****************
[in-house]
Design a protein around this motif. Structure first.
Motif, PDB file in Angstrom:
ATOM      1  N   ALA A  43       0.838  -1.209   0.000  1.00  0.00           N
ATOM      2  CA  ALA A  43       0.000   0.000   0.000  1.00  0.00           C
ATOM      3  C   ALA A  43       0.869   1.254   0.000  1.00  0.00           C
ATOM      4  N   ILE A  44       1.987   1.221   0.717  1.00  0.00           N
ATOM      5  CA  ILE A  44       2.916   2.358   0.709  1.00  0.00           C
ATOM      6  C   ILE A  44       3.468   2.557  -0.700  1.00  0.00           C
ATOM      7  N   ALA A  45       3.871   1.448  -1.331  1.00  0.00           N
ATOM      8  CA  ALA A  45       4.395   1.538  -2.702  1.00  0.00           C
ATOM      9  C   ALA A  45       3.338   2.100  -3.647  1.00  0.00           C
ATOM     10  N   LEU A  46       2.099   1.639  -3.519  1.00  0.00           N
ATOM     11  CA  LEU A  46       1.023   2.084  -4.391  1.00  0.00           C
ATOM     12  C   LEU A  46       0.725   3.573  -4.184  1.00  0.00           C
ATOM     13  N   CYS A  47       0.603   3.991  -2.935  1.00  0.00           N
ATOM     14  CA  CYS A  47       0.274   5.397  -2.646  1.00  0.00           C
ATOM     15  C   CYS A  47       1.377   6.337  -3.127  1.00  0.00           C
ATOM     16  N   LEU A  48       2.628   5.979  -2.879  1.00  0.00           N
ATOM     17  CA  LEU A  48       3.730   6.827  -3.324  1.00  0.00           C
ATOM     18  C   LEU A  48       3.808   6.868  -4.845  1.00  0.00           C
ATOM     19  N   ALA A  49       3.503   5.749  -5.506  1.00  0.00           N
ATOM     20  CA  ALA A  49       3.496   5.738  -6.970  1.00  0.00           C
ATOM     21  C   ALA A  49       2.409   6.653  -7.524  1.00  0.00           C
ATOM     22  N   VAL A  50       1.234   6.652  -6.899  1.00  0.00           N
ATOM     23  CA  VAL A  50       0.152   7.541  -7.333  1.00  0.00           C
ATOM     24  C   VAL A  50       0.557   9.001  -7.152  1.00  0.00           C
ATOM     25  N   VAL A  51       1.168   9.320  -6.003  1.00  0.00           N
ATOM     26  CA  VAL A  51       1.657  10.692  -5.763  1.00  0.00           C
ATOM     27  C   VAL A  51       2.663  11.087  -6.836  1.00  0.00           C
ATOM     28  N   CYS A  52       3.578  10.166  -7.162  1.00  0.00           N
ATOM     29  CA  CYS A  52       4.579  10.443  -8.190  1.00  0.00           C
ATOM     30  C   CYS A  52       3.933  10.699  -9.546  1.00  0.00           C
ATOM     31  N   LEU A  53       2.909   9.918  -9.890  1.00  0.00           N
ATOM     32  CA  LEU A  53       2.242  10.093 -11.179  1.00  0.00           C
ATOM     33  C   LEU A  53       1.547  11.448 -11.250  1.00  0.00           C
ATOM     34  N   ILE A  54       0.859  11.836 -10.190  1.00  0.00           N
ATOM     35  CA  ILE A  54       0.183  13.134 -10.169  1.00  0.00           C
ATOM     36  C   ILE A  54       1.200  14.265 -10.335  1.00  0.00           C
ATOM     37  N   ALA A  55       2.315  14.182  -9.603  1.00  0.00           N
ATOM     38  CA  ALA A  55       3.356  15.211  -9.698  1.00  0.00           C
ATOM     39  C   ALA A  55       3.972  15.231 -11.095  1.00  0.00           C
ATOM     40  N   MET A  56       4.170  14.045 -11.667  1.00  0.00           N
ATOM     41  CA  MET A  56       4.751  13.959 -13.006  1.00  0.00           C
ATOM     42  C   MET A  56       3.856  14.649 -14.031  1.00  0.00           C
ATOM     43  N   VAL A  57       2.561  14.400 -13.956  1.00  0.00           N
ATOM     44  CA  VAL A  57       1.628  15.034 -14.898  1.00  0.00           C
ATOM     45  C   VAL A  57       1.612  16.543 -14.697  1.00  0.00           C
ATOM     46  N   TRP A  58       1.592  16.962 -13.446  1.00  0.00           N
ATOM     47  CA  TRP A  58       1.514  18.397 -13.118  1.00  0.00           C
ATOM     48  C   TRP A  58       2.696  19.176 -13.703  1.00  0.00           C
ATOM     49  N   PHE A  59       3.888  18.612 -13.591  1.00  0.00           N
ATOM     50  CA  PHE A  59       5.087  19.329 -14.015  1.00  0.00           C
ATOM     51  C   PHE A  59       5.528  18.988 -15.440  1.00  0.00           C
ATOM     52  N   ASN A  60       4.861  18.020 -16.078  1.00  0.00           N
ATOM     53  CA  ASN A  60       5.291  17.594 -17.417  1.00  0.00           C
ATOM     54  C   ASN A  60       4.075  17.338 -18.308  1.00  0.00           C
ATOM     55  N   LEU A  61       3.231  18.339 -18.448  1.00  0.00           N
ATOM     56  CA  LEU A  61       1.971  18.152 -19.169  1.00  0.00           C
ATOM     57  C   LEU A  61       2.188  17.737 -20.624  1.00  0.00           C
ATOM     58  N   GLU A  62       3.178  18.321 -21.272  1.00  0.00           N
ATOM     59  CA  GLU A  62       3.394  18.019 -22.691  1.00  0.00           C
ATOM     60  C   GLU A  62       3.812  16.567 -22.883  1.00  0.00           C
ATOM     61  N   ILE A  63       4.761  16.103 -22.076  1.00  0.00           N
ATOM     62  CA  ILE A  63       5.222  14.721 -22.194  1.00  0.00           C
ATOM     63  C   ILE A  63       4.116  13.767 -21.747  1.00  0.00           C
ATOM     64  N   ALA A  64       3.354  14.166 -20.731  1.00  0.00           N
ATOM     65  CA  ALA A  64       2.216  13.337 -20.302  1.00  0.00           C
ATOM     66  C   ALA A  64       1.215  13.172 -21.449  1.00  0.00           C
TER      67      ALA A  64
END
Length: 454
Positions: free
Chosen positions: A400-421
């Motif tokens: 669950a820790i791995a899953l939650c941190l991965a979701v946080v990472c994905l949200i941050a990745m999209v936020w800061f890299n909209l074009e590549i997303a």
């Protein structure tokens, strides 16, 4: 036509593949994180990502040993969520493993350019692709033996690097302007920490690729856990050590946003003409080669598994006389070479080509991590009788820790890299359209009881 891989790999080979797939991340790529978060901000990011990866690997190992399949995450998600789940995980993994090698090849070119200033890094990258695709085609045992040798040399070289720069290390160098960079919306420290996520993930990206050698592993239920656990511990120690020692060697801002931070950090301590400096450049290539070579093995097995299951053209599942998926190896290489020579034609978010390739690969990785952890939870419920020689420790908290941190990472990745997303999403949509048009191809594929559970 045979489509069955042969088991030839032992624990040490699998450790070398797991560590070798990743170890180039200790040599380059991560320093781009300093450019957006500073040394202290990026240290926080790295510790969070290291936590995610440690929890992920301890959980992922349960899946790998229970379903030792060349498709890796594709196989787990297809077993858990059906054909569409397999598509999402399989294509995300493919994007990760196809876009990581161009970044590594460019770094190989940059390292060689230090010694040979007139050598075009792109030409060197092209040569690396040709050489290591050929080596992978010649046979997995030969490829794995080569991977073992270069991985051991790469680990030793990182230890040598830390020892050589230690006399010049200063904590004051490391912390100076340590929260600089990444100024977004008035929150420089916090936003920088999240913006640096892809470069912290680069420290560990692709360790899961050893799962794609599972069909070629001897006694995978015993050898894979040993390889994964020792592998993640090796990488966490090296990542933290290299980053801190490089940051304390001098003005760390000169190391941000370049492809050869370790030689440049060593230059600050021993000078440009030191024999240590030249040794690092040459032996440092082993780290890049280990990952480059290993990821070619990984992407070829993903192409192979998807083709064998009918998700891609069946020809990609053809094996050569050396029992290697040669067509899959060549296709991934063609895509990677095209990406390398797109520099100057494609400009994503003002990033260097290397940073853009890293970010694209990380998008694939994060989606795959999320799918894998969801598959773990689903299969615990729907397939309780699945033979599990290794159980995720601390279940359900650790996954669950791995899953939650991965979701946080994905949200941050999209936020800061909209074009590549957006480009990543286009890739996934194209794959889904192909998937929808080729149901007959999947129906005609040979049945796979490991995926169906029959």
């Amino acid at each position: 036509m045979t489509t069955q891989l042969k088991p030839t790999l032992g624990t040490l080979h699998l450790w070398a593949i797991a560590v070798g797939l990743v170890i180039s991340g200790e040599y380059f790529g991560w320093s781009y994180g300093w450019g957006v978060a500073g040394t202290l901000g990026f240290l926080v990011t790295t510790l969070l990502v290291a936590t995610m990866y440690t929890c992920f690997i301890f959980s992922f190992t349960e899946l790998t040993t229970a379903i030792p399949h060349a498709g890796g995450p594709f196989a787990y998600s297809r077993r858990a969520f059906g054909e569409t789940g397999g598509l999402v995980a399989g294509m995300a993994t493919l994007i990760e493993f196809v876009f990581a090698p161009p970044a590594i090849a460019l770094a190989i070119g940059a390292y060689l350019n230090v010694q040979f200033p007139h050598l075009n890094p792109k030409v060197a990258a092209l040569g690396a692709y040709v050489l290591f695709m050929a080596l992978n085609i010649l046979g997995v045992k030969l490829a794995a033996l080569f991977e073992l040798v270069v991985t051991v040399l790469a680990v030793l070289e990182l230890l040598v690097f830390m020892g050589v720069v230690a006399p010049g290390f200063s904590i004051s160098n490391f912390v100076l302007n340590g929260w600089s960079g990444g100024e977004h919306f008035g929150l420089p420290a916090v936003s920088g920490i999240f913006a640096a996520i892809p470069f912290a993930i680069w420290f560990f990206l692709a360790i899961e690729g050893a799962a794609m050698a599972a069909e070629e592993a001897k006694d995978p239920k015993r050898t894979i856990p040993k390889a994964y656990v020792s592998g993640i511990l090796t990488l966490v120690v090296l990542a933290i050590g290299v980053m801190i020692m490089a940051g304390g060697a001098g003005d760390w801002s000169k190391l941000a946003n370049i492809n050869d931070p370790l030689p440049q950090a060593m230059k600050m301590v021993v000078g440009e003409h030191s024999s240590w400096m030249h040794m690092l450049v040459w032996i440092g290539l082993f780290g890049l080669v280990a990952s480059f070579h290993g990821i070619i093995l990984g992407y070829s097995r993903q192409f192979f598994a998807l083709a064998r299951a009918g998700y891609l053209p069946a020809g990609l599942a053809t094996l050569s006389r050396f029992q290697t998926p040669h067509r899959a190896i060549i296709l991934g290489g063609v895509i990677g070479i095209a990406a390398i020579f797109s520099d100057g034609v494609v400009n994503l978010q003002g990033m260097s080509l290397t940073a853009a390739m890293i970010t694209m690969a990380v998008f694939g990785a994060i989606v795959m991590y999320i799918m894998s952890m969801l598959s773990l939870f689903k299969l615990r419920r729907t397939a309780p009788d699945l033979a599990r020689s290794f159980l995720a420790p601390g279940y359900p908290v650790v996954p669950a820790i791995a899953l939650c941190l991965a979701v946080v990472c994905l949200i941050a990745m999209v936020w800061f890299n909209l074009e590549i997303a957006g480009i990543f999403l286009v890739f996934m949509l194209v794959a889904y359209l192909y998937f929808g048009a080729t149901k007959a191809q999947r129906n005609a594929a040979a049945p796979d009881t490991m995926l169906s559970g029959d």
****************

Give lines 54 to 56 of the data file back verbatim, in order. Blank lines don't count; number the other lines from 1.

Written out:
ATOM     51  C   PHE A  59       5.528  18.988 -15.440  1.00  0.00           C
ATOM     52  N   ASN A  60       4.861  18.020 -16.078  1.00  0.00           N
ATOM     53  CA  ASN A  60       5.291  17.594 -17.417  1.00  0.00           C